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Student Financial Aid - College Grants

Pell Grant:
One of the many potential sources of financial aid available for college
students is a Federal Pell Grant. This grant is a form of need-based financial aid,
and unlike a loan, the money does not have to be repaid. Eligible students receive
a specified amount each year under the Pell Grant program.

Eligibility: The U.S. Department of Education uses a standard formula to evaluate
the information a student supplies when applying for a Pell Grant. This formula
produces an EFC (Expected Family Contribution) number, which will determine if
the student is eligible for the grant. Applicants must be undergraduate students
who have not earned a bachelor's degree. Each applicant must be a U.S. citizen or
an eligible non-citizen and needs to have a high school diploma or a GED or to
demonstrate the ability to benefit from the program.

Award Amount: The maximum amount can change each year depending on
program funding. The amount of the grant depends on both the student's EFC and
several other factors. These factors are the student's cost of attendance (tuition
and fees, room and board, books, supplies, and so on) and the amount of time the
student attends school (whether the student goes to school for a full academic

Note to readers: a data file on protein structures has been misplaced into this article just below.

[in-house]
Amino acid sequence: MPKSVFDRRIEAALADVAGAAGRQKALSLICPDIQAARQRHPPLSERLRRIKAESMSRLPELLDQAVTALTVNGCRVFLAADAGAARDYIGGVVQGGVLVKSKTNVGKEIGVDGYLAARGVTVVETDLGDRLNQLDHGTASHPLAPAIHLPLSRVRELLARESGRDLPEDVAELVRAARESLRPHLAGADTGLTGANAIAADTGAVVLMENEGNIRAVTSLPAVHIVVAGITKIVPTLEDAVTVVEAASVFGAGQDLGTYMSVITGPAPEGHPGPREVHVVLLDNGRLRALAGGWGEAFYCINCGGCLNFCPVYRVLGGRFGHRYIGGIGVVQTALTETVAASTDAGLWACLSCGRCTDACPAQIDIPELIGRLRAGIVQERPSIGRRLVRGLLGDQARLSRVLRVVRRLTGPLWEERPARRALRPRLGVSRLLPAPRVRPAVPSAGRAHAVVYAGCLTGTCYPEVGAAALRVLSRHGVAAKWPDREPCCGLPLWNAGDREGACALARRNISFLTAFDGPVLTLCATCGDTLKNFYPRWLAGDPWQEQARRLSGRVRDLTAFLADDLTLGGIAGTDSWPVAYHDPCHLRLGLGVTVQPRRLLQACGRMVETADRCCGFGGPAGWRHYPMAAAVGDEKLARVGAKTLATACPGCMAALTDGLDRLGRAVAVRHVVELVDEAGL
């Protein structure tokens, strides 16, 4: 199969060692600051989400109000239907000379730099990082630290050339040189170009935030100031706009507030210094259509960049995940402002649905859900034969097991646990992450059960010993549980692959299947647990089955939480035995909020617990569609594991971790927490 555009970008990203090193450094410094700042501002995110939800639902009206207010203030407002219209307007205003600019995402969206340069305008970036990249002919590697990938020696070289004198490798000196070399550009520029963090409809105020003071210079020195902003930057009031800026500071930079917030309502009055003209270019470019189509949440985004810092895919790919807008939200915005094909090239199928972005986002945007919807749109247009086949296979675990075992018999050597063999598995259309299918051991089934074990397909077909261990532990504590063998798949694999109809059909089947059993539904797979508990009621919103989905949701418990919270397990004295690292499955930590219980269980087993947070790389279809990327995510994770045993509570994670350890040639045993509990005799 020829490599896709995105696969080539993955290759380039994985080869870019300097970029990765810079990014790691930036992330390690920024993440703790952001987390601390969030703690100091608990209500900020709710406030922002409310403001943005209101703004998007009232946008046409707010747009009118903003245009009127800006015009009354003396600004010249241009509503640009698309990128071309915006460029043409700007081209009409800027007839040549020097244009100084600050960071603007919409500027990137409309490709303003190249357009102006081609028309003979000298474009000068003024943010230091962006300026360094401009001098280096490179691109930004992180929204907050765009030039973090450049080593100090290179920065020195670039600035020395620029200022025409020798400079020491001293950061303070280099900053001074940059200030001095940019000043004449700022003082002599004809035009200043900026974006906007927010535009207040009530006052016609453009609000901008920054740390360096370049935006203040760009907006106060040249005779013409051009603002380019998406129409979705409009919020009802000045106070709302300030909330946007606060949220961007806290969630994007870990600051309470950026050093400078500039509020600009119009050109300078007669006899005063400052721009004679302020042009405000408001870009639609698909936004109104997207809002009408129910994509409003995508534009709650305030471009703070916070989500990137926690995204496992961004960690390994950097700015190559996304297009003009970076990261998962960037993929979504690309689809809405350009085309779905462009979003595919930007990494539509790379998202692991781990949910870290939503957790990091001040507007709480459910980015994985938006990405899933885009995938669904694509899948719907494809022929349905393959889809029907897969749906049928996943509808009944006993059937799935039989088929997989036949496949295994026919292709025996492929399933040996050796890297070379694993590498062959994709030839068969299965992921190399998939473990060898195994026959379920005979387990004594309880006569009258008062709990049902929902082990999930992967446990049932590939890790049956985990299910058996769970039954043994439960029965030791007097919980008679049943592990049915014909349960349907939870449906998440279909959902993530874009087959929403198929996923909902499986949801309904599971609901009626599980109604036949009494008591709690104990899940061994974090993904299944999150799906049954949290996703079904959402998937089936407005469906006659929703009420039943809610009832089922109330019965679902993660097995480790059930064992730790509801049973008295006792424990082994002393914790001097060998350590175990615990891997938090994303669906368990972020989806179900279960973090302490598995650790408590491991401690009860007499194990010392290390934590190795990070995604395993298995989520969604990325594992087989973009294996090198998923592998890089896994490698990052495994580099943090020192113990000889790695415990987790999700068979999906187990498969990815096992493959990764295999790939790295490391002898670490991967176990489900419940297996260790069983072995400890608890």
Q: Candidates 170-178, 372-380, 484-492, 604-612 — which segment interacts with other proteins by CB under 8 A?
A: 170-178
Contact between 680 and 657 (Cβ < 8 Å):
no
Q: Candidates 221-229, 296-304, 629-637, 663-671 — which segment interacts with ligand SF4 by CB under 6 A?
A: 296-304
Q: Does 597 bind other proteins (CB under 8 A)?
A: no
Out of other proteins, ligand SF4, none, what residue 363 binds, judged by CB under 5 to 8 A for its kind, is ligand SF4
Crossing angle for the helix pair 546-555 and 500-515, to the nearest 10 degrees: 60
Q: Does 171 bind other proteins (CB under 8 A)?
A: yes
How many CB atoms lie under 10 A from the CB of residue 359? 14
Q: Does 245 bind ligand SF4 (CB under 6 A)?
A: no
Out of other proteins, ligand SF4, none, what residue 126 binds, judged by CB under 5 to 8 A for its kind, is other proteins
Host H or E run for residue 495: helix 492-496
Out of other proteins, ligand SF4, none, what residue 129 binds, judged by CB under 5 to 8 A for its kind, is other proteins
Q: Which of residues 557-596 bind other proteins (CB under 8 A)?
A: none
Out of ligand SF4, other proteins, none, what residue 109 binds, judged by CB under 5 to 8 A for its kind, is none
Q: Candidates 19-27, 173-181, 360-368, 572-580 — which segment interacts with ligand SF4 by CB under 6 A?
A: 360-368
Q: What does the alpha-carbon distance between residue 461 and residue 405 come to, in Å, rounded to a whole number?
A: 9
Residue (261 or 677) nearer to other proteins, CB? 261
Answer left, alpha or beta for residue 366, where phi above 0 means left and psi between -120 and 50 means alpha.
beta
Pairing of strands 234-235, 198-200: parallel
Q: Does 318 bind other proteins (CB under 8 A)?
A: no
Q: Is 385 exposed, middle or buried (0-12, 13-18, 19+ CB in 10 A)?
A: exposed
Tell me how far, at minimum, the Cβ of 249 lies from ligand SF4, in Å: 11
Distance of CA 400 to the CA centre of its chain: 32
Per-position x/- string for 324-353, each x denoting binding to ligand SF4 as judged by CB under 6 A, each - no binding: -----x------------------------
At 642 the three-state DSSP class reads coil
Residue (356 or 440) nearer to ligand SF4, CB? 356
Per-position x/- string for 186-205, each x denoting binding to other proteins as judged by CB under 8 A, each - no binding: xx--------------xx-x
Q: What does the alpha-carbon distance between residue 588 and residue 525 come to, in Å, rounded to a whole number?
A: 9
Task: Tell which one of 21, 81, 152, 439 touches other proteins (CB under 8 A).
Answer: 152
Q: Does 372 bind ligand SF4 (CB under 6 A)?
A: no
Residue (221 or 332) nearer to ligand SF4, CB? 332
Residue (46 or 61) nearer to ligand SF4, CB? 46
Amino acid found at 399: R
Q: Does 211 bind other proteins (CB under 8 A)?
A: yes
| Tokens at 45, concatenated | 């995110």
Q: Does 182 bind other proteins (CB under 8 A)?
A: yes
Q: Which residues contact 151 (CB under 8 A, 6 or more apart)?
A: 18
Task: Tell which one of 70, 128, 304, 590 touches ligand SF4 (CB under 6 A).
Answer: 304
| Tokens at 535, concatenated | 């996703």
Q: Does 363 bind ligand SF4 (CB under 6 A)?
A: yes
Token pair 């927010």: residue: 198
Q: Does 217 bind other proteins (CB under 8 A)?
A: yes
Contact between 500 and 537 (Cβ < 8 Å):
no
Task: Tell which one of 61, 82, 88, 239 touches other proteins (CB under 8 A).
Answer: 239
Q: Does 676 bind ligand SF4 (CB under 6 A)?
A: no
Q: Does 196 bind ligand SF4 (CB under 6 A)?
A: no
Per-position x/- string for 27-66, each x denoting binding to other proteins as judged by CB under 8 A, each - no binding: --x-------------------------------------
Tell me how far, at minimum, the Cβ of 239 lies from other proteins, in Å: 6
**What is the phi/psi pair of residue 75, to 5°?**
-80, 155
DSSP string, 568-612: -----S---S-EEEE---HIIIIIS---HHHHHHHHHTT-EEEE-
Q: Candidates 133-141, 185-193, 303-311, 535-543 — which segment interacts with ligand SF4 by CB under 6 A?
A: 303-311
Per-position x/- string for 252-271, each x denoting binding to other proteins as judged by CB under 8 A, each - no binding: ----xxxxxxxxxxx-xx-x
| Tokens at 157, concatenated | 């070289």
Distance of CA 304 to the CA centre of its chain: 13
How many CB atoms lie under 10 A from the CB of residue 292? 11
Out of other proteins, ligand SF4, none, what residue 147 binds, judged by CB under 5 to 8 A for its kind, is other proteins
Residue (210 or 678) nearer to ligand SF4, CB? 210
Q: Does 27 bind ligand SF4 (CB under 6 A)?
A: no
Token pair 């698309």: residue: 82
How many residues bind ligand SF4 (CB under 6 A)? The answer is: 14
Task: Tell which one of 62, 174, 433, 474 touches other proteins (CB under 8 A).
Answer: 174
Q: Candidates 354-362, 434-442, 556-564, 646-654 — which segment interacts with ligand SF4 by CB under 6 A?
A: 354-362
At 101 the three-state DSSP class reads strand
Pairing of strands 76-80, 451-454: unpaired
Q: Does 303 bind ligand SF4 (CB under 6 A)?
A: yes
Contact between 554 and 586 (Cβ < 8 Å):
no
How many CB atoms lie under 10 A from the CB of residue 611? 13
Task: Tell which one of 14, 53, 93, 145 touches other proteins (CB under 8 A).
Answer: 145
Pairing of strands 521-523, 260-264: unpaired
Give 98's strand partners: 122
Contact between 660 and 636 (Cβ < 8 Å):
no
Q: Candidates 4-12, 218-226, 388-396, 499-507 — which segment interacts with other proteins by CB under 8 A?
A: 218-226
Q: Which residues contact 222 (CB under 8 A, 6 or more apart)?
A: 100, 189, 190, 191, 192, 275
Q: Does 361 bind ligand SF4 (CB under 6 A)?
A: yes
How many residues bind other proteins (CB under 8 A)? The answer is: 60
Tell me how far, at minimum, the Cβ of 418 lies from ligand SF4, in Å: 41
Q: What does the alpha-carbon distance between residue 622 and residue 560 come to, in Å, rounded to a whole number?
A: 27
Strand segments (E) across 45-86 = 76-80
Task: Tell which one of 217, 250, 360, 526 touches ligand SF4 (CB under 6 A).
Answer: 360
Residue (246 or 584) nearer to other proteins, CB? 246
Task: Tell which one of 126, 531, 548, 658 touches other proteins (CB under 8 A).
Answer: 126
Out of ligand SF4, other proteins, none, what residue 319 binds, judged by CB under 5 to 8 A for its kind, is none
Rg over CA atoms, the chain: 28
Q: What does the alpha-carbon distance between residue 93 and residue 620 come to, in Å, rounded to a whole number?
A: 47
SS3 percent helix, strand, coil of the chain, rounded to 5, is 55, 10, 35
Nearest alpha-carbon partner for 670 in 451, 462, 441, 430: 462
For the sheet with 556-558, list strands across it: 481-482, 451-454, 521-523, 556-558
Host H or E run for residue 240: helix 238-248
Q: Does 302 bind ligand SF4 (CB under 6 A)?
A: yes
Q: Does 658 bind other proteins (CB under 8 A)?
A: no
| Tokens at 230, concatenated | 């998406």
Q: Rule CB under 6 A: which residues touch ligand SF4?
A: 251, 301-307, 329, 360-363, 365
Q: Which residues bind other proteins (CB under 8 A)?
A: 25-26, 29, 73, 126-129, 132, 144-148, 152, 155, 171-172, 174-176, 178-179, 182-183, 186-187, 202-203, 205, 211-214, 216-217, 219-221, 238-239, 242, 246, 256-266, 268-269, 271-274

year or less and whether the student is full-time or part-time). An eligible part-time
student can receive a Pell Grant. The amount awarded, however, will be less than
for a full-time student. An applicant may receive only one Pell Grant in an award

Disbursement: A school may credit Pell Grant funds to a student's school
account, pay the student directly (usually by check), or use a combination of these
two methods. The school must notify the student in writing of the amount of the Pell
Grant and of how and when payments will be made. Schools must pay at least
once per term, whether that is a semester, trimester, or quarter. Schools that don't
use formally defined, traditional terms must pay the student at least twice per
academic year.

Time Limit: Current regulations pose no limit on the number of years a student
can receive a Pell Grant as long as the student remains in a degree program as an
undergraduate and does not have a bachelor's degree.

How and When to Apply: Students apply for not only Pell Grants but all federal,
state, and institutional financial aid programs (except scholarships) by completing
the Free Application for Federal Student Aid (FAFSA). The paper FAFSA is
available from high school guidance offices, or the form may be completed online
at The FAFSA must be submitted by the end of June to be
eligible for aid in the following academic year.









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